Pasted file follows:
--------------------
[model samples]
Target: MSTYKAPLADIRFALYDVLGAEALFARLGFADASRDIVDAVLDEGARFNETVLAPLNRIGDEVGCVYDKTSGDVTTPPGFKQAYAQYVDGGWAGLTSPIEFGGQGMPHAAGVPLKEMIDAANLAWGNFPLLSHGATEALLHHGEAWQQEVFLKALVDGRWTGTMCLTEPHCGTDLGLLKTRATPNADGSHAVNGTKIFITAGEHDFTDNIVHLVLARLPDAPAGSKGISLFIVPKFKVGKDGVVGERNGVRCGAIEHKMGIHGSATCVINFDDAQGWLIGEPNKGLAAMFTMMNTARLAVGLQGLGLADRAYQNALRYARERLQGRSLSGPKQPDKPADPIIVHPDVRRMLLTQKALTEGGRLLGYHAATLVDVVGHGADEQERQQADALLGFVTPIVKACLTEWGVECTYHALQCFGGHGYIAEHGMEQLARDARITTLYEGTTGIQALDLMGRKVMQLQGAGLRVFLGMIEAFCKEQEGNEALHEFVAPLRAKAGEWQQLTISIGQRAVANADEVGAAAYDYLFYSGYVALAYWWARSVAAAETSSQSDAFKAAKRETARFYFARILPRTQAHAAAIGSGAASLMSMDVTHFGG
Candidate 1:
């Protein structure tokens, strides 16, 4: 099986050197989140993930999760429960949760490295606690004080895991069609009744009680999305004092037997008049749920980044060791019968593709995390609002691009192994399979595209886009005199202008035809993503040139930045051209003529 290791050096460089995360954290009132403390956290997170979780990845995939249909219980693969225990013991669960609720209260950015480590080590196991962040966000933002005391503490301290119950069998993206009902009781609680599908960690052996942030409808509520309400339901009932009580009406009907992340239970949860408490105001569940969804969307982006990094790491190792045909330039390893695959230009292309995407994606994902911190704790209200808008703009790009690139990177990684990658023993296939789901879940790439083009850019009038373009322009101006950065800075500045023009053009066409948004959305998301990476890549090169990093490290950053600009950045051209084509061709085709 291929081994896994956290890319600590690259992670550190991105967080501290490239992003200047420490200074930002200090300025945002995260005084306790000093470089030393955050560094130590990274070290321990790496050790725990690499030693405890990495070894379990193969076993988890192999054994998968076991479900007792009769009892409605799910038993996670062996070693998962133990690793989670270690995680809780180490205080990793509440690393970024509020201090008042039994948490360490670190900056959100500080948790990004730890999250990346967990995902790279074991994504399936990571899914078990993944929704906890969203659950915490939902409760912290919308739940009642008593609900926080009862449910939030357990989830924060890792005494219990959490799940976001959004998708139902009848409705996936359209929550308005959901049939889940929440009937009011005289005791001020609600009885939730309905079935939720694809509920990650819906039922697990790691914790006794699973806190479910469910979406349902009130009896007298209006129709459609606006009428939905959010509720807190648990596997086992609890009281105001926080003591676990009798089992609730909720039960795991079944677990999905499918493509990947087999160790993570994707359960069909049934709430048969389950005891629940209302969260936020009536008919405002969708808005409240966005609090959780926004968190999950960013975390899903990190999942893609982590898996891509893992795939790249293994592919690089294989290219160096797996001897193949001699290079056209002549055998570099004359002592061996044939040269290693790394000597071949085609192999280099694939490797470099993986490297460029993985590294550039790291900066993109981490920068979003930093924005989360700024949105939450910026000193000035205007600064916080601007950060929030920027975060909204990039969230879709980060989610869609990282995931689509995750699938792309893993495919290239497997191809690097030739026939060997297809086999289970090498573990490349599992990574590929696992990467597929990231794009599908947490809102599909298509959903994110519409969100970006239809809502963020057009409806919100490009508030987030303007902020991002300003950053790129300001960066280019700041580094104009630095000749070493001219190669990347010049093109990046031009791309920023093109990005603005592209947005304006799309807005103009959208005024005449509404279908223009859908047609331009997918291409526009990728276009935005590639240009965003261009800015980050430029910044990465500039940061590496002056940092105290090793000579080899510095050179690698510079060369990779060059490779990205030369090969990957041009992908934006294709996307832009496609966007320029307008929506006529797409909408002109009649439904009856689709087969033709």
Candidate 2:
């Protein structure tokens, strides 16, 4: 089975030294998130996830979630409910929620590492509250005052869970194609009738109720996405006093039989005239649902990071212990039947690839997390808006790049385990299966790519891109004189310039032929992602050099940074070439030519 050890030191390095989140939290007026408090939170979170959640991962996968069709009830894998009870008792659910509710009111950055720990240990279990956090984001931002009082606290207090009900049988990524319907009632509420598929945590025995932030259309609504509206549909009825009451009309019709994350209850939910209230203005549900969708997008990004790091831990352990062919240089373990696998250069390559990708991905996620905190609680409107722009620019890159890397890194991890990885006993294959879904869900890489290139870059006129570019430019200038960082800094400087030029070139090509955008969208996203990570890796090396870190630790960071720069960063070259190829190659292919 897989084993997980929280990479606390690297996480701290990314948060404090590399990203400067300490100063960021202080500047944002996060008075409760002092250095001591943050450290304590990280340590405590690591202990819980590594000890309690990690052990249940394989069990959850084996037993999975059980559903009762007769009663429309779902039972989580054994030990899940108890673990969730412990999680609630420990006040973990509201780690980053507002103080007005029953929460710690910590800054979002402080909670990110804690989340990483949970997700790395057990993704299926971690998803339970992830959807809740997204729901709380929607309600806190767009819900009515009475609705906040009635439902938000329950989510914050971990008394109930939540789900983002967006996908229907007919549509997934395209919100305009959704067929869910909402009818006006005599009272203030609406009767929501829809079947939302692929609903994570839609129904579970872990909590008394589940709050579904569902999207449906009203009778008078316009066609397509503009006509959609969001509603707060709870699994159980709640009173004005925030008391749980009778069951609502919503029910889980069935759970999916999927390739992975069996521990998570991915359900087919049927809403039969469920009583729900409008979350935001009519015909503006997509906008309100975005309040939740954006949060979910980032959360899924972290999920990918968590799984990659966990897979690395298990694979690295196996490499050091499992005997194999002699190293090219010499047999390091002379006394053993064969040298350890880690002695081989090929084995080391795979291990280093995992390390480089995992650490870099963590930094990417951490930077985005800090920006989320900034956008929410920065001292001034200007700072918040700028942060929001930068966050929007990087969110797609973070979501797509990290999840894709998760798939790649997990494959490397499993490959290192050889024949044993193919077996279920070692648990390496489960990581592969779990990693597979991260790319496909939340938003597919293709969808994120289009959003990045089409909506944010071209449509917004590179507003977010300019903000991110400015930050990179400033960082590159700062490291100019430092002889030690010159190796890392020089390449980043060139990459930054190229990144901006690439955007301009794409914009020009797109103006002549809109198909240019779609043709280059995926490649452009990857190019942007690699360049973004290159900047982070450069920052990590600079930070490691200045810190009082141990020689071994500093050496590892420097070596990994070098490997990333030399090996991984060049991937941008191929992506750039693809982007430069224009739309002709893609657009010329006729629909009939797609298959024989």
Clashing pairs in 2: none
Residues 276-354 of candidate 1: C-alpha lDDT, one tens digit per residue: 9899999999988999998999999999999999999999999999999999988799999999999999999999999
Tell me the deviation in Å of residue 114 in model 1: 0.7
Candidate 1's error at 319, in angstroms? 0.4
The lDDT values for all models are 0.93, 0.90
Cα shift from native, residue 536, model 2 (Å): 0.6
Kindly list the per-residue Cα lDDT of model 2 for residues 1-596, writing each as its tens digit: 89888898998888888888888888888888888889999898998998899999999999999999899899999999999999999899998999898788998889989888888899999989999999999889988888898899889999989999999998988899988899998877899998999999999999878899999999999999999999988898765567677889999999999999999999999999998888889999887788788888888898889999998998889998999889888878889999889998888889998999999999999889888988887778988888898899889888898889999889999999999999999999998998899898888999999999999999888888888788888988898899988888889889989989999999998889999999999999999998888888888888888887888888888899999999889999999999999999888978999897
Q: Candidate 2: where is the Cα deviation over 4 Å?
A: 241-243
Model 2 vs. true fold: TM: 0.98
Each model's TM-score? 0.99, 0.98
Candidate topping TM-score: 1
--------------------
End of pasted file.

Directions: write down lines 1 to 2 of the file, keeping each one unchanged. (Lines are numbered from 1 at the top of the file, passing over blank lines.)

[model samples]
Target: MSTYKAPLADIRFALYDVLGAEALFARLGFADASRDIVDAVLDEGARFNETVLAPLNRIGDEVGCVYDKTSGDVTTPPGFKQAYAQYVDGGWAGLTSPIEFGGQGMPHAAGVPLKEMIDAANLAWGNFPLLSHGATEALLHHGEAWQQEVFLKALVDGRWTGTMCLTEPHCGTDLGLLKTRATPNADGSHAVNGTKIFITAGEHDFTDNIVHLVLARLPDAPAGSKGISLFIVPKFKVGKDGVVGERNGVRCGAIEHKMGIHGSATCVINFDDAQGWLIGEPNKGLAAMFTMMNTARLAVGLQGLGLADRAYQNALRYARERLQGRSLSGPKQPDKPADPIIVHPDVRRMLLTQKALTEGGRLLGYHAATLVDVVGHGADEQERQQADALLGFVTPIVKACLTEWGVECTYHALQCFGGHGYIAEHGMEQLARDARITTLYEGTTGIQALDLMGRKVMQLQGAGLRVFLGMIEAFCKEQEGNEALHEFVAPLRAKAGEWQQLTISIGQRAVANADEVGAAAYDYLFYSGYVALAYWWARSVAAAETSSQSDAFKAAKRETARFYFARILPRTQAHAAAIGSGAASLMSMDVTHFGG